Professor Graham F Welch, Chair of Governors, Old Oak Primary School
Jo Gilks, Senior Early Years Educator, N/A
Sue Cowley, Chair of Preschool Committee , Stanton Drew and Pensford Preschool
Ruth Swailes, School Improvement and Early Years Improvement Advisor, Assure Education Limited
Liz Chesworth, Lecturer in early childhood education, University of Sheffield
Penny Borkett, Retired Senior Lecturer and author, Sheffield Hallam University
Chris Rolph, Director, Nottingham Institute of Education, Nottingham Trent University
Rishi Chauhan, Data Manager, NTU – NIoE
Dr Verity Campbell-Barr, Director of Plymouth Institute of Education , University of Plymouth
Dr Pam Jarvis , Chartered Psychologist , Retired
Thelma Miller, Retired Nursery School Headteacher, Froebel Travelling Tutor, The Froebel Trust
Debby Hunter MA, Principal, Annan School
Caroline Victoria Hutchin, Early Years Consultant and Associate for Early education, Early Education
Nicola Burke, Early Childhood Music Consultant, Independent
Beth Devereux , Early Education Consultant , Roots for Learning
John Siraj-Blatchford, Executive Member, OMEP UK
Ruth Pollington , Reception Class Teacher , Copford CofE Primary School
Ruth Mercer, Early Education Associate, Early Education
Gillian Reece-Jones , Early Years Consultant , Pikler UK Association and Sightlines Initiative
Dr Ian Cushing, Senior Lecturer in Education, Edge Hill University
Dr Helen Simmons , Senior Lecturer , University of Northampton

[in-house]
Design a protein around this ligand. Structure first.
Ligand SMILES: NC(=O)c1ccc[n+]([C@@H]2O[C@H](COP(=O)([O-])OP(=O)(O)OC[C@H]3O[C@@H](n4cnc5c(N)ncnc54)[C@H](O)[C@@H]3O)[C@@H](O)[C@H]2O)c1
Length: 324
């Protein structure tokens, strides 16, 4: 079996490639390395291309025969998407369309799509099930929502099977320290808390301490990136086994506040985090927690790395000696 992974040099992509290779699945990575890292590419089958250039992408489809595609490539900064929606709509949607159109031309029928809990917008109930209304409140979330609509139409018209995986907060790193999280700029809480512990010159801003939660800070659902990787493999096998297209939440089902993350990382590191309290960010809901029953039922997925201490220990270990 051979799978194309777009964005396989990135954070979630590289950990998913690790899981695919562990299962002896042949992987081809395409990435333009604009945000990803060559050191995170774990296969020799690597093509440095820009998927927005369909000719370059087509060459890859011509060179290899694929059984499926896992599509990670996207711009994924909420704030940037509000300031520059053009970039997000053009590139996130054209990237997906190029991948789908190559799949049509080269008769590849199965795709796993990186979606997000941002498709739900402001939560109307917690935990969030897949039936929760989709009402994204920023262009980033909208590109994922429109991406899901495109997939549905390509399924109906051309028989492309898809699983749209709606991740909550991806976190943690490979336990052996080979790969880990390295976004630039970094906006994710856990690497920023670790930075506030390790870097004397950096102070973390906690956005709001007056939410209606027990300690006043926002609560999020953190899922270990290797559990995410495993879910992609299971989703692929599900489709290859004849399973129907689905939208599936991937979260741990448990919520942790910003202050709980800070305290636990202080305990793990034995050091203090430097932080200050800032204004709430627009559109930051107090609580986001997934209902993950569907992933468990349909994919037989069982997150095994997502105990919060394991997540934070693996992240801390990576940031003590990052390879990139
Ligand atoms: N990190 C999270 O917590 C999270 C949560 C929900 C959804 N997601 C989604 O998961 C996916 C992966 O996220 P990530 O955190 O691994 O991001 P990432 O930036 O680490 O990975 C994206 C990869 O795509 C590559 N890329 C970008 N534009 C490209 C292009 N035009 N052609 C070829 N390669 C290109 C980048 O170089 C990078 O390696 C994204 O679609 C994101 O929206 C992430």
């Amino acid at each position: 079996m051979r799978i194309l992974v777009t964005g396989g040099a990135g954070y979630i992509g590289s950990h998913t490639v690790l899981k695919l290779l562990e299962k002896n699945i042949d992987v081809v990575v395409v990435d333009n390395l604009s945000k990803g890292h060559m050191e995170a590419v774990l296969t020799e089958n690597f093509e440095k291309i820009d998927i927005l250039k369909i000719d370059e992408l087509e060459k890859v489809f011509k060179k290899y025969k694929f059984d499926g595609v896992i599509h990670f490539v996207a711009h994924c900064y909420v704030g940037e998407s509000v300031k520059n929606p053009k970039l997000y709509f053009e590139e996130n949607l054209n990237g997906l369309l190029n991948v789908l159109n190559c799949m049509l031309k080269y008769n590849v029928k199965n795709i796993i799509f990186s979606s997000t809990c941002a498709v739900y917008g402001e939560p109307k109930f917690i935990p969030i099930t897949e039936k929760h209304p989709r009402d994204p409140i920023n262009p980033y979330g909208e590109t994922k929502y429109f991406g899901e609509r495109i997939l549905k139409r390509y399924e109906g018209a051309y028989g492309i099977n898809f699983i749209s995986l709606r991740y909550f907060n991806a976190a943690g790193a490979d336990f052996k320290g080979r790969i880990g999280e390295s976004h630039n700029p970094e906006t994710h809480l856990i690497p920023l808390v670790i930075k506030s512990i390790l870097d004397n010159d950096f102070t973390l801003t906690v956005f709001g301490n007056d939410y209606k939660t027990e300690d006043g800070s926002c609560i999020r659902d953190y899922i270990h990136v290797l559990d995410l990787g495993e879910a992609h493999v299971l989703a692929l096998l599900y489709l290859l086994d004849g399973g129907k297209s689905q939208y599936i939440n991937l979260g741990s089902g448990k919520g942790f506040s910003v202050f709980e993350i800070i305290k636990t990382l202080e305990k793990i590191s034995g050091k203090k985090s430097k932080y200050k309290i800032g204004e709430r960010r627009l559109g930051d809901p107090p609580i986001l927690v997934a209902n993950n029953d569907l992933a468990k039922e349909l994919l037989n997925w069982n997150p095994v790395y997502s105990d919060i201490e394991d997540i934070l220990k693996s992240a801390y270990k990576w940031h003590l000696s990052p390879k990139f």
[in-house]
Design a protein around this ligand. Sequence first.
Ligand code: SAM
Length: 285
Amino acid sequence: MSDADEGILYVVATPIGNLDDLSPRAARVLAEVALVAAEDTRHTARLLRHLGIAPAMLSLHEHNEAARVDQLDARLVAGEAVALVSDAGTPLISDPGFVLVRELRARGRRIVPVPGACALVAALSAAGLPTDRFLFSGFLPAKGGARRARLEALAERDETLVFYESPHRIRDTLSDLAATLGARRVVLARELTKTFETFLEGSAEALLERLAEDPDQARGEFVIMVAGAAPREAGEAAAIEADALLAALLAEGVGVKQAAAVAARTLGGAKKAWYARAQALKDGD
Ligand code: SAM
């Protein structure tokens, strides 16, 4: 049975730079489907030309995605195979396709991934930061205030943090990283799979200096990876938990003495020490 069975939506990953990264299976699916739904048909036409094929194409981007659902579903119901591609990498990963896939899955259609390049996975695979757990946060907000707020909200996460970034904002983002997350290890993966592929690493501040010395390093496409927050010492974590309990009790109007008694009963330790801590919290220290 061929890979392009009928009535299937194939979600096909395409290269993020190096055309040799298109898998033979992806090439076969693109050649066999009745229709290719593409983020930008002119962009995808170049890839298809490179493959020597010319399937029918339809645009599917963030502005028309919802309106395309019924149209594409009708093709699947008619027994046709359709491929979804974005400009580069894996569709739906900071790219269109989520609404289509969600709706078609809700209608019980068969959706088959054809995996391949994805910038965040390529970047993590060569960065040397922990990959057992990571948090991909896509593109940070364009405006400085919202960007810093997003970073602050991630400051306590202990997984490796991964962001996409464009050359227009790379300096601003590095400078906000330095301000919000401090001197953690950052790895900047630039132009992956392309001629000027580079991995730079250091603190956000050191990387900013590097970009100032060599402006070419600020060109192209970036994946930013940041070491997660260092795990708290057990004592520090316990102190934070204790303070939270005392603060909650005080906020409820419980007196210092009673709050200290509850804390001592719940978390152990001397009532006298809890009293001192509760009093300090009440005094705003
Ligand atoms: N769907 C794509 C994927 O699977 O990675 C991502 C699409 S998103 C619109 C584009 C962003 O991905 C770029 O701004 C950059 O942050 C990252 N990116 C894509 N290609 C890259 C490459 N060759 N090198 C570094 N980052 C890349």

Sigrid Brogaard Clausen, Senior Lecturer , University of Roehampton
Leslie Patterson, Education Consultant, Finding the Magic in the Early Years
Rachel Tapping , Parent-child class leader and early years staff mentor, Balanced Beings
Sarah Dixon-Jones, Head Teacher, Federation of Houghton Community Nursery and Mill Hill Nursery School
Joan Heasman , Childcare Development Officer , Local Authority
Sue Greenfield , Emeritus Fellow, University of Roehampton
Dr Sharon Colilles, Senior Lecturer, Bath Spa University
Jackie Musgrave, Associate Head of School: Learning and Teaching, Early Childhood at the Open University
Dr Ulrike Hohmann, Associate Professor in Early Childhood Studies, University of Plymouth
Tim Hopkins, Trustee, Early Education
Sian Maddocks, EYFS Lead, Durham LA
Rebecca Carter Dillon, Lecturer in Early Childhood Studies and Education, University of Plymouth
Sasha Tregenza , Doctoral Teaching and Research Assistant , University of Plymouth
Elizabeth Wood, Professor of Education, University of Sheffield
Rosie Flewitt, Professor of Early Communication, Education and Social Research Institute, Manchester Metropolitan University
Joann Parsonage , Manager Owner , Karetakers Day nursery
Dr Louise Webber, BA Hons Early Childhood Studies Lecturer , University of Plymouth
Heather Lomas, Director, Little Explorers Nurseries LTD
Jan Holmes, Headteacher, Walton Lane Nursery School
Kevin Courtney & Mary Bousted, Joint General Secretaries , National Education Union
Peter Elfer, Honorary Research Fellow, University of Roehampton
Victoria Bamsey, Lecturer Early Years, University of Plymouth
Dr Catherine Gripton, Assistant Professor, University of Nottingham
Alice Bradbury, Professor of Education, University College London
Steve Grocott, Early Years Musician, Freelance
Helen Tovey, Nursery School Governor, Retired
Glen Hughes, Design and Marketing, Orangebox Training